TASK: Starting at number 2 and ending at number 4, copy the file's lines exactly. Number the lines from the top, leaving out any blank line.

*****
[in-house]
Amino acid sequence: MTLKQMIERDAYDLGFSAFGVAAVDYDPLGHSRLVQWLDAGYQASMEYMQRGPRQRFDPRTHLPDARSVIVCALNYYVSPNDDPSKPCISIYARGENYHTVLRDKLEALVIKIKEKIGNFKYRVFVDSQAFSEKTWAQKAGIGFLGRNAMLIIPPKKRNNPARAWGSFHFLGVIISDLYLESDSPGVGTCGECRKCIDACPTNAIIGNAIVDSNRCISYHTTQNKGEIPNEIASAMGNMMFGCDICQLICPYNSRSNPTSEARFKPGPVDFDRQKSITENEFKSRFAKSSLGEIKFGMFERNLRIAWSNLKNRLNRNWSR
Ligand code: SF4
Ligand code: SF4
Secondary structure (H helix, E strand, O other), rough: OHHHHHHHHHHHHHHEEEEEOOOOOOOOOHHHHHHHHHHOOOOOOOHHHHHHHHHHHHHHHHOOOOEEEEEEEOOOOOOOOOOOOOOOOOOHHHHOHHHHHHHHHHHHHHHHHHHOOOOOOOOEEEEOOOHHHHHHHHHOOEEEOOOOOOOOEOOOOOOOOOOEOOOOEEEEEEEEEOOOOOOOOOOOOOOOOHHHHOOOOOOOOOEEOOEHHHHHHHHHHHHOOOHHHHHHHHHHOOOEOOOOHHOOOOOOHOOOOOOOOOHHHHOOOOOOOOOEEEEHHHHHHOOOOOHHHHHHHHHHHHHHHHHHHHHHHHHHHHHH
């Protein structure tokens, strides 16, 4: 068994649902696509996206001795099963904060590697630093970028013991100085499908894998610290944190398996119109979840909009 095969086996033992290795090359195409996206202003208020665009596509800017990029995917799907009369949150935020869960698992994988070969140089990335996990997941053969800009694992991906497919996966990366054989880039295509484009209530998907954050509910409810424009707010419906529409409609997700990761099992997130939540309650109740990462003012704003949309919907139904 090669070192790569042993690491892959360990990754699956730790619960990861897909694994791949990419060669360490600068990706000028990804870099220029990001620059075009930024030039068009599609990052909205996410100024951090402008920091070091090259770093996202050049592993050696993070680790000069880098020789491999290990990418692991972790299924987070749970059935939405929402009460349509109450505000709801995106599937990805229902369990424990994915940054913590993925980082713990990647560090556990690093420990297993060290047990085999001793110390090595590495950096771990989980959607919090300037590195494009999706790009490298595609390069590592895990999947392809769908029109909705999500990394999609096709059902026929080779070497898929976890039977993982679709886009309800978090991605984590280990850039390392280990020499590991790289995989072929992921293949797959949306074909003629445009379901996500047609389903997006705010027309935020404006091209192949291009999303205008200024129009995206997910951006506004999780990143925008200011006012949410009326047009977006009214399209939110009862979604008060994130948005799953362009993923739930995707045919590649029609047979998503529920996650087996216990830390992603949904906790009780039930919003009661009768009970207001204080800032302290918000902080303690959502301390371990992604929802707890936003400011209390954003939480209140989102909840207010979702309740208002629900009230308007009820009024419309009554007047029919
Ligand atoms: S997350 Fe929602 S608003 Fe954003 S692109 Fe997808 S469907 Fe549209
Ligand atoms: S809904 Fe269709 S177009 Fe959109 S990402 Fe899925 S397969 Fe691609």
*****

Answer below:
Amino acid sequence: MTLKQMIERDAYDLGFSAFGVAAVDYDPLGHSRLVQWLDAGYQASMEYMQRGPRQRFDPRTHLPDARSVIVCALNYYVSPNDDPSKPCISIYARGENYHTVLRDKLEALVIKIKEKIGNFKYRVFVDSQAFSEKTWAQKAGIGFLGRNAMLIIPPKKRNNPARAWGSFHFLGVIISDLYLESDSPGVGTCGECRKCIDACPTNAIIGNAIVDSNRCISYHTTQNKGEIPNEIASAMGNMMFGCDICQLICPYNSRSNPTSEARFKPGPVDFDRQKSITENEFKSRFAKSSLGEIKFGMFERNLRIAWSNLKNRLNRNWSR
Ligand code: SF4
Ligand code: SF4